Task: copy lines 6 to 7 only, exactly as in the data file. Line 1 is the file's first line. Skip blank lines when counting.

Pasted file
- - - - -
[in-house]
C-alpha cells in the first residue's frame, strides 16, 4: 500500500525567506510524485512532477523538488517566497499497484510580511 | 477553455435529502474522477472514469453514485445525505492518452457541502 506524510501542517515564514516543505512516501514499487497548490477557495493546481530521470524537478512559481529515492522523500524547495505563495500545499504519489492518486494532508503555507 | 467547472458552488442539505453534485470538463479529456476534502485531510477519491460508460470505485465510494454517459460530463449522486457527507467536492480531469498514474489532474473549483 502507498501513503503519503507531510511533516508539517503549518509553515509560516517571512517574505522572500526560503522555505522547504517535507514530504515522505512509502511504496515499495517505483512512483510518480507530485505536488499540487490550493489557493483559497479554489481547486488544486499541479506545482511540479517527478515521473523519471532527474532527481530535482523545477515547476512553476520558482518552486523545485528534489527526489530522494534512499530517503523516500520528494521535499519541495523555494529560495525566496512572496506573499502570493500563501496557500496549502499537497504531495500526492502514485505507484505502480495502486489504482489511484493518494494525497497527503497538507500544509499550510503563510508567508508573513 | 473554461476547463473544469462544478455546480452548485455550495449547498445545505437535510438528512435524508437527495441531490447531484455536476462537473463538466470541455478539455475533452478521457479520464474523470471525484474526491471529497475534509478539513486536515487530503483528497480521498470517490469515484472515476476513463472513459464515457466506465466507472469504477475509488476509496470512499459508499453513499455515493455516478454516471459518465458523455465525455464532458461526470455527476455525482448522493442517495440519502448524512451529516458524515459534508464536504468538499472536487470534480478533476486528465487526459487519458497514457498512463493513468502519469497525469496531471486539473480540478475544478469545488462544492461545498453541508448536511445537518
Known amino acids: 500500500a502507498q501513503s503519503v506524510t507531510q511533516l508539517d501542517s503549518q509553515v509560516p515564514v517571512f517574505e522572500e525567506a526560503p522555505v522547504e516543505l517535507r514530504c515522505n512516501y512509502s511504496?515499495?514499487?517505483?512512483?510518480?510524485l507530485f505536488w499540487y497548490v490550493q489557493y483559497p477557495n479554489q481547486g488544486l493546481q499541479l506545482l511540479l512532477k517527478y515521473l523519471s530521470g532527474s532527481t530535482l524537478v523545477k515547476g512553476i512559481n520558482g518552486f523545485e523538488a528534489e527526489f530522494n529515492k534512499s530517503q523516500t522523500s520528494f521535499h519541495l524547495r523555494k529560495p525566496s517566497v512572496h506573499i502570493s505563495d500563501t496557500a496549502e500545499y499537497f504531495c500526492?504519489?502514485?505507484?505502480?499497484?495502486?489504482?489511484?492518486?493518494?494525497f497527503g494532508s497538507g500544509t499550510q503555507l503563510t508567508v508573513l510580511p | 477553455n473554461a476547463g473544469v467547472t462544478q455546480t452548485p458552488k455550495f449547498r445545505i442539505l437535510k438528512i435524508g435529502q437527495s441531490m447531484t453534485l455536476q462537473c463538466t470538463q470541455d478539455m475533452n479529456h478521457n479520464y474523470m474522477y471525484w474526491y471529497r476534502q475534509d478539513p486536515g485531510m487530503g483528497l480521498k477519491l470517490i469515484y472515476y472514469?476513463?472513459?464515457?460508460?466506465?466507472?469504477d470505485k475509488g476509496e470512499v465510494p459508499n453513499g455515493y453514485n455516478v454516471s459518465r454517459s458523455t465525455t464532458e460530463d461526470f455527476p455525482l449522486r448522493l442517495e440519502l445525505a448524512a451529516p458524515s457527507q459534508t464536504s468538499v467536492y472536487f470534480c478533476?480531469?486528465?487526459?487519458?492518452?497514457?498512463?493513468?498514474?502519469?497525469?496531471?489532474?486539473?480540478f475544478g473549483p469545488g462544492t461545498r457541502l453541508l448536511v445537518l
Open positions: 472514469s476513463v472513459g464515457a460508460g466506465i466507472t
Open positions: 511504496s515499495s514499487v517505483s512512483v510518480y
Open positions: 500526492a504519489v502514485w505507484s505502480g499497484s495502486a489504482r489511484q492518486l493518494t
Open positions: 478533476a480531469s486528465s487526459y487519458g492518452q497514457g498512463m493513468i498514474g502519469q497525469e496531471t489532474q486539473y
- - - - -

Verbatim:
Open positions: 500526492a504519489v502514485w505507484s505502480g499497484s495502486a489504482r489511484q492518486l493518494t
Open positions: 478533476a480531469s486528465s487526459y487519458g492518452q497514457g498512463m493513468i498514474g502519469q497525469e496531471t489532474q486539473y